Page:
Try this at home

This effect is also seen in simple non-linear equations. In 1963, Lorenz published a seminal work, “Deterministic non-periodic flow”, where he introduced some equations that describe how variables, x, y, and z change in time. These equations may be regarded as representing a highly simplified version of the atmosphere. It is only possible to solve these equations approximately with the help of a computer (note to reader – try this, it’s fun!). One can visualise the solution by taking particular x, y, and z values at a given time as the co-ordinates of a point in space. Joining the points up in time shows the forecasts as trajectories, and one may think of different positions as representing different kinds of weather. Figure 1 shows two such trajectories (red and yellow), whose initial conditions are nearly identical at time t = 0. As time progresses, they diverge, slowly at first, until by t = 12 they represent completely different states (note the resemblance to a butterfly).

Ensemble weather prediction

Scientists routinely run large models from many initial conditions, each subject to a slight variation – a technique called ensemble forecasting. The initial conditions differ by amounts believed to be around the level of uncertainty that the weather is known using observations and previous forecasts. These are combined in a physically consistent way, using data assimilation (which is my area of research). As a rule of thumb, differences seen in the small-scale weather forecast patterns emerge first. Indeed if the forecast grid is small enough to resolve cloud systems then the ensemble members will likely first disagree in the forecast of convective events, like showers and thunderstorms. This is why patterns of convective precipitation are so hard to predict beyond a few hours. One forecast may predict heavy rain at a particular location between 4.00 and 4.10pm, another between 4.30 and 4.35pm, and another may predict no heavy rain. Ensemble forecasting allows forecasters to understand the range of likely outcomes (usually all ensemble members will predict heavy showers, but with slightly different locations), and to give probabilistic forecasts for individual locations. While small-scale features will differ, large-scale weather patterns (such as high and low pressure systems) are usually predicted accurately at these early stages. As forecast time progresses the uncertainty develops in larger scales and eventually the forecast of the large-scale systems become unpredictable.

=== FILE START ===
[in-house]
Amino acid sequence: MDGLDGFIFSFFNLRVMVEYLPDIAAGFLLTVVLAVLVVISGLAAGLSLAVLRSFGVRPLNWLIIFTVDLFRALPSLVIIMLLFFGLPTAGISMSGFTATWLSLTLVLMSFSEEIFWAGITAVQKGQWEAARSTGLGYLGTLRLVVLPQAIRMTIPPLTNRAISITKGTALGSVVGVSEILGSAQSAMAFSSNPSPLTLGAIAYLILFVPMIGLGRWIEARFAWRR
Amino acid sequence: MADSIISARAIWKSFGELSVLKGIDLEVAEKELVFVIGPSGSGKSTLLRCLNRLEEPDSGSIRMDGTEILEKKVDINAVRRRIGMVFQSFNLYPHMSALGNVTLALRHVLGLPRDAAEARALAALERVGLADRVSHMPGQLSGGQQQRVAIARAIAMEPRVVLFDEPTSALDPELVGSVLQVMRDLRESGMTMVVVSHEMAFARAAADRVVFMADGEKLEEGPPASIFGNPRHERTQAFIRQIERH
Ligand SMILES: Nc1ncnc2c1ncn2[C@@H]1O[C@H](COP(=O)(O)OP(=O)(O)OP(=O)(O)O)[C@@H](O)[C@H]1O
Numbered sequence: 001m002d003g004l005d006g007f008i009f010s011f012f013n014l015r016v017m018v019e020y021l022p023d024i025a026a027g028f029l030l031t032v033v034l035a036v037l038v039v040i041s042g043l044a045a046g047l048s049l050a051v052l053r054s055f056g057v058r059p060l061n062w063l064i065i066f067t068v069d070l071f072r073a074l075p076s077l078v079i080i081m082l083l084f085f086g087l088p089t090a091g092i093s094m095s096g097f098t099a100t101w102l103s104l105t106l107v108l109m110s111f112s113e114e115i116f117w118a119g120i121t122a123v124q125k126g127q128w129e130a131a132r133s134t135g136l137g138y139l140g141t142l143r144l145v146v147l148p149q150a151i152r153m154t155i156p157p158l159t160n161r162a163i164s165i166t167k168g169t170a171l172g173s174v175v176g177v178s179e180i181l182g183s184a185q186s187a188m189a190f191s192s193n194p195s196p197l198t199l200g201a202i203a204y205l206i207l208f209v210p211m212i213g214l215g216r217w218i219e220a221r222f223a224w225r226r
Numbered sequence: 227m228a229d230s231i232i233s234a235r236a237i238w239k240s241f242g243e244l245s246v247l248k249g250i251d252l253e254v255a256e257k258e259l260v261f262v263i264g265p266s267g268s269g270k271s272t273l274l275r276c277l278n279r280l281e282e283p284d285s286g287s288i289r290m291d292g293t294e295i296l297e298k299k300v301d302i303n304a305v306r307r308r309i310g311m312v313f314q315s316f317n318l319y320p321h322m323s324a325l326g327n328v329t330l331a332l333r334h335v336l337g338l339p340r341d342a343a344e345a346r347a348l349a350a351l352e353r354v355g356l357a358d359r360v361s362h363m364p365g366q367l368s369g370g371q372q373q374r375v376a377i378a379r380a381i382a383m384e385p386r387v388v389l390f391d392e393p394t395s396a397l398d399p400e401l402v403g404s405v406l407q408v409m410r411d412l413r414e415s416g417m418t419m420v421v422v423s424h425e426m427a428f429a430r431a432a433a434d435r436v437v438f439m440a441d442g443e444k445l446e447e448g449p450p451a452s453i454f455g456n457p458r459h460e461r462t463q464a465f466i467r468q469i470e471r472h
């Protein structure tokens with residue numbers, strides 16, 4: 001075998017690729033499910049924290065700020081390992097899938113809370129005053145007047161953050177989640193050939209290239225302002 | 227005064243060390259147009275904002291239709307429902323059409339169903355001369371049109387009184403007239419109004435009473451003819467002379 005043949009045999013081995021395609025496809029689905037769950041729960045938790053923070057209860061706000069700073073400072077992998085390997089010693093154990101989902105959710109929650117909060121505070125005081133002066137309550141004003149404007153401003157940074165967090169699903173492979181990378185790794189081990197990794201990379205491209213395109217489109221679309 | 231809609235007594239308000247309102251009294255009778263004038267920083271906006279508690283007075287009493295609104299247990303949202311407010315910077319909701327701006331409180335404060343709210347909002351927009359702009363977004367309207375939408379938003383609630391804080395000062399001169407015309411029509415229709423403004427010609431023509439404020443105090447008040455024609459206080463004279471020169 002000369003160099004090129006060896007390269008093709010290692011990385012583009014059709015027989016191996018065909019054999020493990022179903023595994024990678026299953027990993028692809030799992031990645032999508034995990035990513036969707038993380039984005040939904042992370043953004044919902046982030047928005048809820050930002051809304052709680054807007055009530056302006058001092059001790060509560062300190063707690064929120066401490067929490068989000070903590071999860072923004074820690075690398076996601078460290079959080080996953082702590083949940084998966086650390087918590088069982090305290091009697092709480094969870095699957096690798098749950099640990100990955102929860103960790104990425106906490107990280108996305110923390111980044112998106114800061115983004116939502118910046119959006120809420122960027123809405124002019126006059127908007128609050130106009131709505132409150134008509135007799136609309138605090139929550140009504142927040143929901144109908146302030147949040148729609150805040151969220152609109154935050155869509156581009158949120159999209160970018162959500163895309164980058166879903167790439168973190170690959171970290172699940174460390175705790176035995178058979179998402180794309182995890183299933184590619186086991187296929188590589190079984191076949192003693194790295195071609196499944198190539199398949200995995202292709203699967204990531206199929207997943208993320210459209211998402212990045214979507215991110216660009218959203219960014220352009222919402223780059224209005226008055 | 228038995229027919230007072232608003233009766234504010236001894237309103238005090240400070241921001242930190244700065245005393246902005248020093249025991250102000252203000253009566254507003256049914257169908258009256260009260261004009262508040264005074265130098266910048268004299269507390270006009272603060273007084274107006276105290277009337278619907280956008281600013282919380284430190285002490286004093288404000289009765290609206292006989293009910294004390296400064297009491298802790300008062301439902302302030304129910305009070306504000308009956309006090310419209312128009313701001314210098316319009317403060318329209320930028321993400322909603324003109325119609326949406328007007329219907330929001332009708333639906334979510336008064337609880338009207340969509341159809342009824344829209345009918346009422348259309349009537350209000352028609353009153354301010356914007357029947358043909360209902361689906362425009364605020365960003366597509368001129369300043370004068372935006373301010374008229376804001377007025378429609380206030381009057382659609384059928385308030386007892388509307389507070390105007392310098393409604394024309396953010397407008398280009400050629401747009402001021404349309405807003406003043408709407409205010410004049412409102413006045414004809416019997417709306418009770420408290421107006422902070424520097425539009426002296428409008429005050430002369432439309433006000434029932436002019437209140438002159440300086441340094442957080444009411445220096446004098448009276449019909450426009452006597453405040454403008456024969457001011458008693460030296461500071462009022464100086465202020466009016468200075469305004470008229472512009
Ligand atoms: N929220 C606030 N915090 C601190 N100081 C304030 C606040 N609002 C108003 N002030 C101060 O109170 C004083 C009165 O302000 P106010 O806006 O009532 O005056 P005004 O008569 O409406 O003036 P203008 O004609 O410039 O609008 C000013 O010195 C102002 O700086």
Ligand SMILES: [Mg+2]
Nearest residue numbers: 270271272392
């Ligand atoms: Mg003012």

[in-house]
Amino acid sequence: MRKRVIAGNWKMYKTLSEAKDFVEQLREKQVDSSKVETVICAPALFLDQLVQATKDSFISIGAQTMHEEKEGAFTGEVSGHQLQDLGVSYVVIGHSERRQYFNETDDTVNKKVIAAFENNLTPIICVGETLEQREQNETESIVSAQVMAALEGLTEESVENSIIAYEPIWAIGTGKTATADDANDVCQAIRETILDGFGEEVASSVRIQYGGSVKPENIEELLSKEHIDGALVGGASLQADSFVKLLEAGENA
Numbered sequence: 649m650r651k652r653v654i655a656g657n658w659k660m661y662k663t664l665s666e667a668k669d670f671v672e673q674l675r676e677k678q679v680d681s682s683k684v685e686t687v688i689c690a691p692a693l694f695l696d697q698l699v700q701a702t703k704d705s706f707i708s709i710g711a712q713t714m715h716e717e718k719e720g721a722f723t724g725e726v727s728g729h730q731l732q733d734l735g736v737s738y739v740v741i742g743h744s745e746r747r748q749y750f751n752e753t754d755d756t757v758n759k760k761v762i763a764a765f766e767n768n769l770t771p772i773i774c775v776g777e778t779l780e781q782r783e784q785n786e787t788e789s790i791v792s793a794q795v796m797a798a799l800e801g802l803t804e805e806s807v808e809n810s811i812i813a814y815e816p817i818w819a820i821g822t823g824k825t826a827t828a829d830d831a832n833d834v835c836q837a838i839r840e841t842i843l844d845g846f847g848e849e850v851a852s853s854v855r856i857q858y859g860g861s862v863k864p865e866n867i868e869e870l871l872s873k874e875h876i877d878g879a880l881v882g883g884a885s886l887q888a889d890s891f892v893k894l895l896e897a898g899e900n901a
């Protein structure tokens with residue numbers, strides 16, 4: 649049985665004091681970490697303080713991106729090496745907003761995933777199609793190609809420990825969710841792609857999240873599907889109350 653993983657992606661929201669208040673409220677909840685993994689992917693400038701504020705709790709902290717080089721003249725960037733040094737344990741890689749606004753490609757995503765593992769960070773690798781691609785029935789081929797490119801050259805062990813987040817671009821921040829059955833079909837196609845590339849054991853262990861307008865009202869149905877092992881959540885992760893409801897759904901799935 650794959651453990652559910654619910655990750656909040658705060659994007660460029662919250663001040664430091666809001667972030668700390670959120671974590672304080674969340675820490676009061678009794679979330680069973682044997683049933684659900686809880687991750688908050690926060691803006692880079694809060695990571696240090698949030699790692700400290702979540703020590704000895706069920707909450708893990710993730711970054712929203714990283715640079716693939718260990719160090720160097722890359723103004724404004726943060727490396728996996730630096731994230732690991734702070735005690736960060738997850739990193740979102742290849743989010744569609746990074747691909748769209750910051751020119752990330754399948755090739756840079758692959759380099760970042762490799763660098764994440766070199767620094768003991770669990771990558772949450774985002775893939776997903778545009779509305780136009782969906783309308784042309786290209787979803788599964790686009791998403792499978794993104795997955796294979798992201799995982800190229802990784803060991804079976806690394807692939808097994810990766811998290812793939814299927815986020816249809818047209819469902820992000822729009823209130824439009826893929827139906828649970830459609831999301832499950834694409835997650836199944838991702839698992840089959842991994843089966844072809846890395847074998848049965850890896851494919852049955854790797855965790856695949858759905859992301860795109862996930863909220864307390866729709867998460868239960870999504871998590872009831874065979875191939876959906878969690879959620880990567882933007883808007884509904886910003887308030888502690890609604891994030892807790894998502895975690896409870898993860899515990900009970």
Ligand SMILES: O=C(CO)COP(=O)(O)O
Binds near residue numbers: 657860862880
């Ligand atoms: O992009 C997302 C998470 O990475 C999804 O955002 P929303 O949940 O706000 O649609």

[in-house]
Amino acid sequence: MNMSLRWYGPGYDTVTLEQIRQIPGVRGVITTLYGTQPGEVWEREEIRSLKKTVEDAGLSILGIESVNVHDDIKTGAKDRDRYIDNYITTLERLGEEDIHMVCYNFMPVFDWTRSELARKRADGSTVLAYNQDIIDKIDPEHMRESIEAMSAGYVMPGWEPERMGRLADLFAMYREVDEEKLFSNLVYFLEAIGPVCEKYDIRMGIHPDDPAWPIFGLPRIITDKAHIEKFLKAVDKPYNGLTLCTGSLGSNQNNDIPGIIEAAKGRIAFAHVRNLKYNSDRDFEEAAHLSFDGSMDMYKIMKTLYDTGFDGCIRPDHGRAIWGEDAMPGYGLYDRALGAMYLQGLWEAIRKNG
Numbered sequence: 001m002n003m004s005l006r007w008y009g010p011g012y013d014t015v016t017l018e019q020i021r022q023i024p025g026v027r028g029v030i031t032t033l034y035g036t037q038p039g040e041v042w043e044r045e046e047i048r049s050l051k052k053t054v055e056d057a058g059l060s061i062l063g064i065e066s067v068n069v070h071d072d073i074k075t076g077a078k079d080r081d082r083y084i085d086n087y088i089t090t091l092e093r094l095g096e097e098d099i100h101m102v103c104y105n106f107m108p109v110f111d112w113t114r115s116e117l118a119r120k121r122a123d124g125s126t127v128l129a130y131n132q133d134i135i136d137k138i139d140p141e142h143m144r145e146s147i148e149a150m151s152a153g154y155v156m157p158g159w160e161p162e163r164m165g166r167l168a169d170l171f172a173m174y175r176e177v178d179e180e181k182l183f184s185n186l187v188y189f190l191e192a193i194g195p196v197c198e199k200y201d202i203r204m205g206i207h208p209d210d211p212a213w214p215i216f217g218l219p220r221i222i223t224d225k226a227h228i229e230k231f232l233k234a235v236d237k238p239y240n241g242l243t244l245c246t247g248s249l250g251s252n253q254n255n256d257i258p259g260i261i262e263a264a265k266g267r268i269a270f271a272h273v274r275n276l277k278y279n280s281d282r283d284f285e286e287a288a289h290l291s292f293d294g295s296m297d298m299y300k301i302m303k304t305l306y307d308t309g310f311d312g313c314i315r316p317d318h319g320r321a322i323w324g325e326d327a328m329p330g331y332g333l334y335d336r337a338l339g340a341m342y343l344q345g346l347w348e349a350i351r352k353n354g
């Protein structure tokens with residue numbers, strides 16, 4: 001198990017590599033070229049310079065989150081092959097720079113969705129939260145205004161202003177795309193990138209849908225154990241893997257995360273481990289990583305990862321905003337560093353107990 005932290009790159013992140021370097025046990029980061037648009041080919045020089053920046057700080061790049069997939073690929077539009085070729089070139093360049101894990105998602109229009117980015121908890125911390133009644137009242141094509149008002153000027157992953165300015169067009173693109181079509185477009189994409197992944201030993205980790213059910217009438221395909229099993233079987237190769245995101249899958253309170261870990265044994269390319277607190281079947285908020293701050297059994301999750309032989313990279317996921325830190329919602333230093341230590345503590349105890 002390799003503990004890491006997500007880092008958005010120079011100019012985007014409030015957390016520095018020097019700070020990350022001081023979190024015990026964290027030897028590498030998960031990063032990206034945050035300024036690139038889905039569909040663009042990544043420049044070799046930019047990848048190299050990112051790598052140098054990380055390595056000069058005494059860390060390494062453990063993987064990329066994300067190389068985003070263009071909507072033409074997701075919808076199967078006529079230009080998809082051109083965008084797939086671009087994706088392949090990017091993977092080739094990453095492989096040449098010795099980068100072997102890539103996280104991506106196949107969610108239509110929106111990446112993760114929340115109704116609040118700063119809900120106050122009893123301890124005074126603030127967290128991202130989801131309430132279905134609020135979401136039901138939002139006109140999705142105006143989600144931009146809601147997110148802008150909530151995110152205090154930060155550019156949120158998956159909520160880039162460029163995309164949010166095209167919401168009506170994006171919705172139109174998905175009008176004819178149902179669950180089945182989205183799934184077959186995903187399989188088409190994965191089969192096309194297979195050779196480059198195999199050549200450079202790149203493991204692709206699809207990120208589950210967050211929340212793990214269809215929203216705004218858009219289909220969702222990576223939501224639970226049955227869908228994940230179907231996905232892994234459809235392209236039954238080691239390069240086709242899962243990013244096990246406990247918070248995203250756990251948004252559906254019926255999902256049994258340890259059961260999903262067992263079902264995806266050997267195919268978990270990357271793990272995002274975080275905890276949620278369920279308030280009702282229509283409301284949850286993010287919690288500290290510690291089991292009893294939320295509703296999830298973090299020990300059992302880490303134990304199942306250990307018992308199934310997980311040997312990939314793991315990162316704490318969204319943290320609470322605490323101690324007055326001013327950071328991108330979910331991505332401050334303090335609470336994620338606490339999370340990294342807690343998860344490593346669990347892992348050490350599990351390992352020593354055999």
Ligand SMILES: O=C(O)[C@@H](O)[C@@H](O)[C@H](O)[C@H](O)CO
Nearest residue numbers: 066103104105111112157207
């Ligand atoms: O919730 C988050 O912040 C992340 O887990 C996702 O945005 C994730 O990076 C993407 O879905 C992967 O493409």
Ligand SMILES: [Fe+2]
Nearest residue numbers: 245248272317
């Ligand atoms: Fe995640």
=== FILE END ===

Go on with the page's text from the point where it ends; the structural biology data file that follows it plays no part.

Fundamental limits

As a rule of thumb, km-scale motion is predictable to no more than about half-hour, 10 km-scales to about one hour, 100 km-scales to about 10 hours, 1000 km-scales to about one day, 10000 km-scales to about four or five days, and the largest scales no more than about a week or two. In extra-tropical regions, for example, there is a particular kind of atmospheric instability (baroclinic instability) between scales of around one to three thousand km which can lead to a lowering of predictability on those scales, although observing the weather at these scales is given special attention so that the uncertainty at these scales is reduced in the initial conditions.

[We should note that climate models make projections many years, decades, or centuries into the future and use the same building blocks as weather models. Climate models though predict different things: long-time averaged conditions rather than the weather at particular times, which is thought to be very useful as long as realistic forcings (e.g. the radiative forcing associated with changes in greenhouse gas concentrations in the atmosphere) are known.]

Room for improvement?

So what hope is there of improving weather prediction given these fundamental limits? There are other factors that can be improved. The spread in the ensemble’s initial conditions can be reduced with more observations and better assimilation. Model error can also be reduced. No model is perfect, but there is room for improvement by decreasing the grid size and time step (severely restricted by cost and available computer power), and by improving the representation of physical processes (also restricted by computing and on research activity).  While scientific and technological barriers can be broken, the fundamental limits of nature cannot. As the air motion of the butterfly’s flap mixes with all the other fluctuations, it is impossible to say exactly how it will change the course of the atmosphere, just that it will.